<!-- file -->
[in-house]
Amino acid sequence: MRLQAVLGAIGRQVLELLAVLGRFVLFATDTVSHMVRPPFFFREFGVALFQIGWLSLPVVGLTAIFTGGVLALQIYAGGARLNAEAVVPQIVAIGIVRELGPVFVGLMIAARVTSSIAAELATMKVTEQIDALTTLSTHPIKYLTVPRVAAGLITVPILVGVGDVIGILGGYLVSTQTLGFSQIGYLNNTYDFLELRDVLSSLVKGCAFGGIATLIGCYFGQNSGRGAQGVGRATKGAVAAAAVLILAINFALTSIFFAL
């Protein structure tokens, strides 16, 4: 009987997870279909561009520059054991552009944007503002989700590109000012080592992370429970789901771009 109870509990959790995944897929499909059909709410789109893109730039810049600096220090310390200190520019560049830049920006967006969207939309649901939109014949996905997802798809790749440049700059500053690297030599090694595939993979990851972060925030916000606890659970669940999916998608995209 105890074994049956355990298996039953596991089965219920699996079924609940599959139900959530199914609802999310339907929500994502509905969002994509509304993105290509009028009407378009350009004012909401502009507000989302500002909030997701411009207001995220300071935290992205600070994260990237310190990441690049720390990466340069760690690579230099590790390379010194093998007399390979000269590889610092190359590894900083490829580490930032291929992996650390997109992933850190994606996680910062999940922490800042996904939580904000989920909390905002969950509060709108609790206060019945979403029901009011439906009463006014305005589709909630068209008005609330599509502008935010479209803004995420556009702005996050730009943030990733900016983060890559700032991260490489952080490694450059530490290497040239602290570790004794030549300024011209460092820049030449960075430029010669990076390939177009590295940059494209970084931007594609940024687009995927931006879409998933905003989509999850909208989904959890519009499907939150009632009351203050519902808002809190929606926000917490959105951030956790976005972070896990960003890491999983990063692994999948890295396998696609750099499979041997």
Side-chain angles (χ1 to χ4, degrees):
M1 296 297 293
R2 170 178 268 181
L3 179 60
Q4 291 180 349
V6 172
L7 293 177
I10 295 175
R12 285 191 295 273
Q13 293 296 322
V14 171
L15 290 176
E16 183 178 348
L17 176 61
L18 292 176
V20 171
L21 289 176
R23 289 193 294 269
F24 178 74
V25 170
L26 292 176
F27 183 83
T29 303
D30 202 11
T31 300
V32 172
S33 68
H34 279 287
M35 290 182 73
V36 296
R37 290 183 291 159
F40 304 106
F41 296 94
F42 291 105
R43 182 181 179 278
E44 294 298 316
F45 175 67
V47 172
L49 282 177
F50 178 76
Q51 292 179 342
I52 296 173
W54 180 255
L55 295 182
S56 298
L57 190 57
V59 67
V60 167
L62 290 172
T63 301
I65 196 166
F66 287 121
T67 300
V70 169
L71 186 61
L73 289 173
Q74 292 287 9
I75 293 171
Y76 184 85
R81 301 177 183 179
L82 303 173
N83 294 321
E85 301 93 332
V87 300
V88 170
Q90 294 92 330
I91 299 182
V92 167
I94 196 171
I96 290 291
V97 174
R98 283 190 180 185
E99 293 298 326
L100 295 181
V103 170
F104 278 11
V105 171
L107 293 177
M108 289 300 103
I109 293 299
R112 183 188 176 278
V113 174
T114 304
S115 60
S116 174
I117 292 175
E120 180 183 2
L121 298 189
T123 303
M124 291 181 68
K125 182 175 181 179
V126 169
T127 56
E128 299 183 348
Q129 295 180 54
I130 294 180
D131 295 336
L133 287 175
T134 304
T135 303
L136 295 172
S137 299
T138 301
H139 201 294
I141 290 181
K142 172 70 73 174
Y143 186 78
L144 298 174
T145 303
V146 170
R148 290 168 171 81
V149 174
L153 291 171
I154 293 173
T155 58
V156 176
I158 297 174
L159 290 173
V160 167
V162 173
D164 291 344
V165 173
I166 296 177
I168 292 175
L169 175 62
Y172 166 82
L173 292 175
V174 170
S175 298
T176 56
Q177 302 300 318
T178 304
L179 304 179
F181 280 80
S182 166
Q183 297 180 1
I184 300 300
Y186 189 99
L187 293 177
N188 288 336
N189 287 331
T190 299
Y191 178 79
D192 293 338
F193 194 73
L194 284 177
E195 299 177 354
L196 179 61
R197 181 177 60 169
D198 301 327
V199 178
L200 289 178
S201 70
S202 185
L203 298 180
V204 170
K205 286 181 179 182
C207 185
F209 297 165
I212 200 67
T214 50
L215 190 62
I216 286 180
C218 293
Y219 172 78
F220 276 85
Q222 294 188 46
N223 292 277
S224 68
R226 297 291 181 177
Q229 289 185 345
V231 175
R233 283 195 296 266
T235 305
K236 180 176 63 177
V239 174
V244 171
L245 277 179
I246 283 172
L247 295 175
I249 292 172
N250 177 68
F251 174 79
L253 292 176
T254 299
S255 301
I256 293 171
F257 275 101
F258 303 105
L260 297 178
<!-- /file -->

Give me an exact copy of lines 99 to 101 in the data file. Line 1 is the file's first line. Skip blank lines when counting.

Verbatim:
I130 294 180
D131 295 336
L133 287 175